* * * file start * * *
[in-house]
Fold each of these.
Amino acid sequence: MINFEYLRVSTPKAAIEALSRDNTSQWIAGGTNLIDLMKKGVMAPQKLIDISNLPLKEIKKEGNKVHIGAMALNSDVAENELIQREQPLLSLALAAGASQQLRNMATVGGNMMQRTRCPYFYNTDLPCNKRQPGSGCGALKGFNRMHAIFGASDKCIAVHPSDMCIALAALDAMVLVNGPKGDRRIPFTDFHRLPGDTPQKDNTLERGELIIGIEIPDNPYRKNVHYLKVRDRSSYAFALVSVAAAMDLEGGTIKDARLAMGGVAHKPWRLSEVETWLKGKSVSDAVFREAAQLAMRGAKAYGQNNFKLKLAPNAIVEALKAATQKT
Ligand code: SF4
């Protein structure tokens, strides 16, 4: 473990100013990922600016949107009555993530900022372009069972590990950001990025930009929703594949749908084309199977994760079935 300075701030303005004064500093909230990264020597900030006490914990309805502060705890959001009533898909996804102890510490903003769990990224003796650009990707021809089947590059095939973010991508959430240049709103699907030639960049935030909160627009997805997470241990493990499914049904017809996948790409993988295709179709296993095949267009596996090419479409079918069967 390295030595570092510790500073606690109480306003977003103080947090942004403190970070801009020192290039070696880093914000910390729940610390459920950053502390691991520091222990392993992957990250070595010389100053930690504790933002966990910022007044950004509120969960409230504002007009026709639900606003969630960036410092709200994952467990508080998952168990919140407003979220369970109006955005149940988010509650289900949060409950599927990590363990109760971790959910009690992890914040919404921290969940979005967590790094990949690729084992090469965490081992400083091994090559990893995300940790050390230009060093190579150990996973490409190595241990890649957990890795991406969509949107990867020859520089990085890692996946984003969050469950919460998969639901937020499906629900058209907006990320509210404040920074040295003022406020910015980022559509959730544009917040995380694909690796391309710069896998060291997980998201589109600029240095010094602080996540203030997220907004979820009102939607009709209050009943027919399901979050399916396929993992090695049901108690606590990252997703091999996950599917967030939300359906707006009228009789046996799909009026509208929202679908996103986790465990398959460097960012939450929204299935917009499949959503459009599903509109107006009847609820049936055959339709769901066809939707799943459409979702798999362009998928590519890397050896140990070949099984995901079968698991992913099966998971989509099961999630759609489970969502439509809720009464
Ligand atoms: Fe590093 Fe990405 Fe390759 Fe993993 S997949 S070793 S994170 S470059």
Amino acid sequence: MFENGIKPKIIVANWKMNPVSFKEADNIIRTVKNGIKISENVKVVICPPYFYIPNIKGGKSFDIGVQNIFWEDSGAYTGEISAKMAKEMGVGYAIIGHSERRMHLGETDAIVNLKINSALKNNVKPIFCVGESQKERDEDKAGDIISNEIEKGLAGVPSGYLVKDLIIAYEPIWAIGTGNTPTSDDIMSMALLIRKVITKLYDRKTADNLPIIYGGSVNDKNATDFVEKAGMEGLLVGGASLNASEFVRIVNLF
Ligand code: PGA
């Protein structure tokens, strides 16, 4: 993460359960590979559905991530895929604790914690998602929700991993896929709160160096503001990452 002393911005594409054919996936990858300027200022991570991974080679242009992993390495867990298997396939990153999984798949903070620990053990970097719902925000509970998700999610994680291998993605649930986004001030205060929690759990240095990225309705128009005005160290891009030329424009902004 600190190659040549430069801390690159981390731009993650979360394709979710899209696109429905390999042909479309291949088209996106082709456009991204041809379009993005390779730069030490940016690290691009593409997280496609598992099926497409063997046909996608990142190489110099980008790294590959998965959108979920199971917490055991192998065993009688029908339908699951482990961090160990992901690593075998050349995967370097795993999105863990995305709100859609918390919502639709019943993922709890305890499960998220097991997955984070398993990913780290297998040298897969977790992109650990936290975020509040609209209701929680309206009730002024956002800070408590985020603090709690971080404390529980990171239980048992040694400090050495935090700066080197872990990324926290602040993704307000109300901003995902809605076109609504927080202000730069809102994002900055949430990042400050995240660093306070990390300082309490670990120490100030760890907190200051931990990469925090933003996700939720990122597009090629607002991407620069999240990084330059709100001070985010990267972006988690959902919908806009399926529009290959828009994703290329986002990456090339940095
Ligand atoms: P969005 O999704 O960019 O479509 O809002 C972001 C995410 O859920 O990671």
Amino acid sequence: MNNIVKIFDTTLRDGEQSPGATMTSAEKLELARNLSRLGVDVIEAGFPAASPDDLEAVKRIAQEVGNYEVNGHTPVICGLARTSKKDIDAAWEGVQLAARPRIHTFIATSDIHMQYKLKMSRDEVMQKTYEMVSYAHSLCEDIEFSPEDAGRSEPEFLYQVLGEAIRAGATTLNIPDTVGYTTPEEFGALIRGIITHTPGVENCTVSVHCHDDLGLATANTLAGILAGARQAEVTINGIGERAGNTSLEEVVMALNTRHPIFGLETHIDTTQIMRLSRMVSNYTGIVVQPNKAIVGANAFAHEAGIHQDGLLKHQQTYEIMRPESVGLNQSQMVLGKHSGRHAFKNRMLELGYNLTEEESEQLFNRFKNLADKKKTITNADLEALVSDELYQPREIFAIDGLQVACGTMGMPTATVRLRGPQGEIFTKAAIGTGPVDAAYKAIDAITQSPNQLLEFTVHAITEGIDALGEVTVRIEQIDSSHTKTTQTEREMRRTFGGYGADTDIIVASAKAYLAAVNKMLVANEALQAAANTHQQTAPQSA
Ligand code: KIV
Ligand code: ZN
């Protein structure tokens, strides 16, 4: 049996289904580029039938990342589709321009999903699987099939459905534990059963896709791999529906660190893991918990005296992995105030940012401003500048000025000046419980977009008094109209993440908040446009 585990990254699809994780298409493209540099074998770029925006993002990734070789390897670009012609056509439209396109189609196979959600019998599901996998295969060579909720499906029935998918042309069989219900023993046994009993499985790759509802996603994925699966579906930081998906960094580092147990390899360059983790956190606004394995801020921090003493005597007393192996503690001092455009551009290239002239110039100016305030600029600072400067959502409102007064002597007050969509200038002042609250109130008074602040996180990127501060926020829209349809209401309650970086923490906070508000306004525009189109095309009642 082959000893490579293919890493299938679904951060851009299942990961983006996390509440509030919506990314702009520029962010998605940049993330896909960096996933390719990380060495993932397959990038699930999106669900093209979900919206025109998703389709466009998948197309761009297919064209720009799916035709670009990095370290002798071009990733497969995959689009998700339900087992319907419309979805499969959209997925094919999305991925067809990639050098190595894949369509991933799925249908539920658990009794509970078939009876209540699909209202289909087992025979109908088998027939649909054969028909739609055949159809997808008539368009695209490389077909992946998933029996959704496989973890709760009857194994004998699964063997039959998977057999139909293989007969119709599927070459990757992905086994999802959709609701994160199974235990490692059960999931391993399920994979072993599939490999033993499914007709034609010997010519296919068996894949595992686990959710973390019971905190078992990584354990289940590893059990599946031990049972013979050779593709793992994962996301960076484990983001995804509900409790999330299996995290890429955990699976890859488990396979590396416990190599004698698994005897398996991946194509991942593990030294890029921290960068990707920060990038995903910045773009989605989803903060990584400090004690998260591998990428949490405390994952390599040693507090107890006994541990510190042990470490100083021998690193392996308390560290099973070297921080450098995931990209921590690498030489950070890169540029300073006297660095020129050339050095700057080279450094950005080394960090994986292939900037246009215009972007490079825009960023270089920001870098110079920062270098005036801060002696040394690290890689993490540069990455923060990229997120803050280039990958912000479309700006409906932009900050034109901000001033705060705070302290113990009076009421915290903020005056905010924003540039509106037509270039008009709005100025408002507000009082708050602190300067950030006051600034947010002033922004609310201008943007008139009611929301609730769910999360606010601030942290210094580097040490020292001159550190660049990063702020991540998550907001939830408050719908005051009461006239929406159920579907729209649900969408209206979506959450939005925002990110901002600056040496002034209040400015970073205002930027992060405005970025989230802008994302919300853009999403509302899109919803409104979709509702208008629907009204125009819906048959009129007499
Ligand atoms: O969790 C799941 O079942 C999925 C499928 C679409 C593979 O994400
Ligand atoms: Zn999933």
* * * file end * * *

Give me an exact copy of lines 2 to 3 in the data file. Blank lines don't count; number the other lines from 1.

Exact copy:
Fold each of these.
Amino acid sequence: MINFEYLRVSTPKAAIEALSRDNTSQWIAGGTNLIDLMKKGVMAPQKLIDISNLPLKEIKKEGNKVHIGAMALNSDVAENELIQREQPLLSLALAAGASQQLRNMATVGGNMMQRTRCPYFYNTDLPCNKRQPGSGCGALKGFNRMHAIFGASDKCIAVHPSDMCIALAALDAMVLVNGPKGDRRIPFTDFHRLPGDTPQKDNTLERGELIIGIEIPDNPYRKNVHYLKVRDRSSYAFALVSVAAAMDLEGGTIKDARLAMGGVAHKPWRLSEVETWLKGKSVSDAVFREAAQLAMRGAKAYGQNNFKLKLAPNAIVEALKAATQKT